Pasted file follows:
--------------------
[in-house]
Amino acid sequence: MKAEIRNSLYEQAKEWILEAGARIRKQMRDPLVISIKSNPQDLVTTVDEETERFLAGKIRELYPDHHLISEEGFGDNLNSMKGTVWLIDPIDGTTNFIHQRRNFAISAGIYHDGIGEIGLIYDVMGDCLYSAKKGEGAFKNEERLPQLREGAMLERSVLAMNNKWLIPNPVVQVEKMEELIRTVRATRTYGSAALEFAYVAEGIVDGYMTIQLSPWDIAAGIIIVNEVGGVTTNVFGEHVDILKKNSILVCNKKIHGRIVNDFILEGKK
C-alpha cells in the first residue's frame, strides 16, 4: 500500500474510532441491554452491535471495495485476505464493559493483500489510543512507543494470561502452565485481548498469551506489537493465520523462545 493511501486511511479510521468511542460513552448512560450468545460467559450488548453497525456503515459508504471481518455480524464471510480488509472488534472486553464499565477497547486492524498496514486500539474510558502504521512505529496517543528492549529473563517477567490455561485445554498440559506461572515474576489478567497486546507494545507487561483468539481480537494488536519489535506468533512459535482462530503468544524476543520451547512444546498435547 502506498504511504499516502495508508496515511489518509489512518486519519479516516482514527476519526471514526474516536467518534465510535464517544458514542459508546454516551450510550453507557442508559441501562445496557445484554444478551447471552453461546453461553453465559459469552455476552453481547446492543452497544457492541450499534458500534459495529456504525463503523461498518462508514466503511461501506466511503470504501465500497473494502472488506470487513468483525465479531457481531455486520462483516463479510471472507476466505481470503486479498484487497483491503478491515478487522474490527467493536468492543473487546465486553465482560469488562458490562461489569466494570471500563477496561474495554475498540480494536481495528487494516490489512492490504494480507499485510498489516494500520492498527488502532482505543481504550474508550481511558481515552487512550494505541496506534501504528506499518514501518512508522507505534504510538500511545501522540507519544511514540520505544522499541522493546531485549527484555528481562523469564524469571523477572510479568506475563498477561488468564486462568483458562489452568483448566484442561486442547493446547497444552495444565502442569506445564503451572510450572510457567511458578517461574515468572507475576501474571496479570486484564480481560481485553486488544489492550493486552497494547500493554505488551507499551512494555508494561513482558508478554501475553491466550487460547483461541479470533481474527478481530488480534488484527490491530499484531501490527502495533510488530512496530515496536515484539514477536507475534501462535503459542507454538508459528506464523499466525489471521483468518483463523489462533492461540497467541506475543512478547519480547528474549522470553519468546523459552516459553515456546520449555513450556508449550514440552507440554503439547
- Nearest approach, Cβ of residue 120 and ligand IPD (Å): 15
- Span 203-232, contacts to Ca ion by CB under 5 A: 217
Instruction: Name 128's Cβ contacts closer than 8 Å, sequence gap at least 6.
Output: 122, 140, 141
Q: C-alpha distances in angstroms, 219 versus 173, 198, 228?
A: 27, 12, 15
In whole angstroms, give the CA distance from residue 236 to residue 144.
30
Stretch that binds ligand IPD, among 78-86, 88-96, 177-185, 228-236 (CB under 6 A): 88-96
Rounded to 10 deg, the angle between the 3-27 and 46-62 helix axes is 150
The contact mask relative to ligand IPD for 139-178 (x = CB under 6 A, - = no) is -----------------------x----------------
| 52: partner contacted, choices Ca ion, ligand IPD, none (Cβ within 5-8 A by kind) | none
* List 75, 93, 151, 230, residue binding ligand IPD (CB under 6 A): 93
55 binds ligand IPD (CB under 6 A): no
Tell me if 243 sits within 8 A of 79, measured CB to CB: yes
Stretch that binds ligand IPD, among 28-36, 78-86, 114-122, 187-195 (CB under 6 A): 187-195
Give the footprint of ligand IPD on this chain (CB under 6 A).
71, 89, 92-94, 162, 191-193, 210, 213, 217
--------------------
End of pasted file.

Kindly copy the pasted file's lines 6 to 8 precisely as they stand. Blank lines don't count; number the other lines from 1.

Instruction: Name 128's Cβ contacts closer than 8 Å, sequence gap at least 6.
Output: 122, 140, 141
Q: C-alpha distances in angstroms, 219 versus 173, 198, 228?